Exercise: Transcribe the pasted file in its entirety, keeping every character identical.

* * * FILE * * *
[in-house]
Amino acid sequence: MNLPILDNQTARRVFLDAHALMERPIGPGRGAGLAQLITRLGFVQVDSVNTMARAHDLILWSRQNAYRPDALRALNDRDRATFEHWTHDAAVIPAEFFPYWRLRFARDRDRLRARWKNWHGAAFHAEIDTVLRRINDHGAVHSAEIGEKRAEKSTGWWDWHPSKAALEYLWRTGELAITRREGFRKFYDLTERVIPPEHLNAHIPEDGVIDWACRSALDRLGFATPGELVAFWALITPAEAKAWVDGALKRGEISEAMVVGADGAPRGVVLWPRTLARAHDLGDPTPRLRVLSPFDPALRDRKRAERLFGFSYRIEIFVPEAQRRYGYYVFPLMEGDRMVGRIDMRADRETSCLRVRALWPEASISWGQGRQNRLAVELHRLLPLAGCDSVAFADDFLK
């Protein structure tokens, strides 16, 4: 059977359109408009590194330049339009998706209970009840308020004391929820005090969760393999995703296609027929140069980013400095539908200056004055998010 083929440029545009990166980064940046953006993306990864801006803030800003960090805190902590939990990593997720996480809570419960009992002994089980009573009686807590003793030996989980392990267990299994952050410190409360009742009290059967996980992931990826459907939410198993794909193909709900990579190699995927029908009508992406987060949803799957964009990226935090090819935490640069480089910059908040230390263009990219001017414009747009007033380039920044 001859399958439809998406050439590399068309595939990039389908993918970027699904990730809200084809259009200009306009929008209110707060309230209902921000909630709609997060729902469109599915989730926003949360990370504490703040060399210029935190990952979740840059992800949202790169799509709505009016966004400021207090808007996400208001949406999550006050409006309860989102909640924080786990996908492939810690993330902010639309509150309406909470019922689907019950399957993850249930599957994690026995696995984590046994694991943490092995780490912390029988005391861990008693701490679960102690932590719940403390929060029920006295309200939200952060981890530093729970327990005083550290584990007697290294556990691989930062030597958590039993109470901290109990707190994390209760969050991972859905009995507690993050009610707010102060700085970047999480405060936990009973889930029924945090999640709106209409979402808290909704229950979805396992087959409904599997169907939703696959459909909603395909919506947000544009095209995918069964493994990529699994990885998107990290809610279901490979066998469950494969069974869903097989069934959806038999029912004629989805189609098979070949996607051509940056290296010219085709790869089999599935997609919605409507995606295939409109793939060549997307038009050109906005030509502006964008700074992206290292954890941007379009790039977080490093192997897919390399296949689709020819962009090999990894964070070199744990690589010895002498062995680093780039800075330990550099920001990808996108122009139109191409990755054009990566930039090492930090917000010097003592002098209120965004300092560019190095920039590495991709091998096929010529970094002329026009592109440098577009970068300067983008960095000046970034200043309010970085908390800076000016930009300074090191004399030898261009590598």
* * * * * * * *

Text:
[in-house]
Amino acid sequence: MNLPILDNQTARRVFLDAHALMERPIGPGRGAGLAQLITRLGFVQVDSVNTMARAHDLILWSRQNAYRPDALRALNDRDRATFEHWTHDAAVIPAEFFPYWRLRFARDRDRLRARWKNWHGAAFHAEIDTVLRRINDHGAVHSAEIGEKRAEKSTGWWDWHPSKAALEYLWRTGELAITRREGFRKFYDLTERVIPPEHLNAHIPEDGVIDWACRSALDRLGFATPGELVAFWALITPAEAKAWVDGALKRGEISEAMVVGADGAPRGVVLWPRTLARAHDLGDPTPRLRVLSPFDPALRDRKRAERLFGFSYRIEIFVPEAQRRYGYYVFPLMEGDRMVGRIDMRADRETSCLRVRALWPEASISWGQGRQNRLAVELHRLLPLAGCDSVAFADDFLK
């Protein structure tokens, strides 16, 4: 059977359109408009590194330049339009998706209970009840308020004391929820005090969760393999995703296609027929140069980013400095539908200056004055998010 083929440029545009990166980064940046953006993306990864801006803030800003960090805190902590939990990593997720996480809570419960009992002994089980009573009686807590003793030996989980392990267990299994952050410190409360009742009290059967996980992931990826459907939410198993794909193909709900990579190699995927029908009508992406987060949803799957964009990226935090090819935490640069480089910059908040230390263009990219001017414009747009007033380039920044 001859399958439809998406050439590399068309595939990039389908993918970027699904990730809200084809259009200009306009929008209110707060309230209902921000909630709609997060729902469109599915989730926003949360990370504490703040060399210029935190990952979740840059992800949202790169799509709505009016966004400021207090808007996400208001949406999550006050409006309860989102909640924080786990996908492939810690993330902010639309509150309406909470019922689907019950399957993850249930599957994690026995696995984590046994694991943490092995780490912390029988005391861990008693701490679960102690932590719940403390929060029920006295309200939200952060981890530093729970327990005083550290584990007697290294556990691989930062030597958590039993109470901290109990707190994390209760969050991972859905009995507690993050009610707010102060700085970047999480405060936990009973889930029924945090999640709106209409979402808290909704229950979805396992087959409904599997169907939703696959459909909603395909919506947000544009095209995918069964493994990529699994990885998107990290809610279901490979066998469950494969069974869903097989069934959806038999029912004629989805189609098979070949996607051509940056290296010219085709790869089999599935997609919605409507995606295939409109793939060549997307038009050109906005030509502006964008700074992206290292954890941007379009790039977080490093192997897919390399296949689709020819962009090999990894964070070199744990690589010895002498062995680093780039800075330990550099920001990808996108122009139109191409990755054009990566930039090492930090917000010097003592002098209120965004300092560019190095920039590495991709091998096929010529970094002329026009592109440098577009970068300067983008960095000046970034200043309010970085908390800076000016930009300074090191004399030898261009590598």